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The Fairmont Empress (most commonly known as The Empress) is one of the oldest and most famous hotels in Victoria, British Columbia. Located on Government Street facing the Inner Harbour, the Empress has become an iconic symbol for the city itself. The hotel was to serve businesspeople and visitors to Victoria, but later as Canadian Pacific ceased its passenger services to the city, the hotel was successfully remarketed as a resort to tourists. The hotel was built between 1904 and 1908, opening for service in that year. Additional wings were added between 1909 and 1914, and in 1928. During this time, The Empress (as it was known then) played hostess to kings, queens, movie stars and many famous people. On May 30, 1939 King George VI and Queen Elizabeth attended a luncheon at the Empress, as guests of the Provincial Government.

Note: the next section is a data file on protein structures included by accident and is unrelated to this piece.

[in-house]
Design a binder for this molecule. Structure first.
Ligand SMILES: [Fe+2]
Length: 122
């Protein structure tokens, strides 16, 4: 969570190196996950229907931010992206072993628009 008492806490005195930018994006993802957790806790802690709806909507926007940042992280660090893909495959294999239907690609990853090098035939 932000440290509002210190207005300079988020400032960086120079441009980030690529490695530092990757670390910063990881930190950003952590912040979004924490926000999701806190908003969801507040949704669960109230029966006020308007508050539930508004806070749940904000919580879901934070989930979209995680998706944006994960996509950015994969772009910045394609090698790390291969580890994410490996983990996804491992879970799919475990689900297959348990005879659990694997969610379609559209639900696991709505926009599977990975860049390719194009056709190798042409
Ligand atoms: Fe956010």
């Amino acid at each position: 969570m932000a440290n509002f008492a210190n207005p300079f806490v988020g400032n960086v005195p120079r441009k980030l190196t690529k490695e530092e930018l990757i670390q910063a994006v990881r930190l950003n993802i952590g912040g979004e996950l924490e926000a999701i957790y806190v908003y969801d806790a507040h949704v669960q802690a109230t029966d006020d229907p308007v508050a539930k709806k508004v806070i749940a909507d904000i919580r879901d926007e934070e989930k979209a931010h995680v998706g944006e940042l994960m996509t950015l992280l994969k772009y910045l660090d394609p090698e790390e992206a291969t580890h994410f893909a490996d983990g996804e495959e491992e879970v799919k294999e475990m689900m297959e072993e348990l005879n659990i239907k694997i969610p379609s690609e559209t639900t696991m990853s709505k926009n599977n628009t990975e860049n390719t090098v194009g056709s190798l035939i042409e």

Today, the hotel is well-known for its classic Edwardian afternoon tea service. During the summer months, the hotel serves tea (along with tea sandwiches, fresh scones, preserves and Jersey Cream) in its 'Tea Lobby' to more than 800 guests and tourists. Afternoon tea is approximately CAD $60 per person, and reservations are often required one or two weeks in advance.

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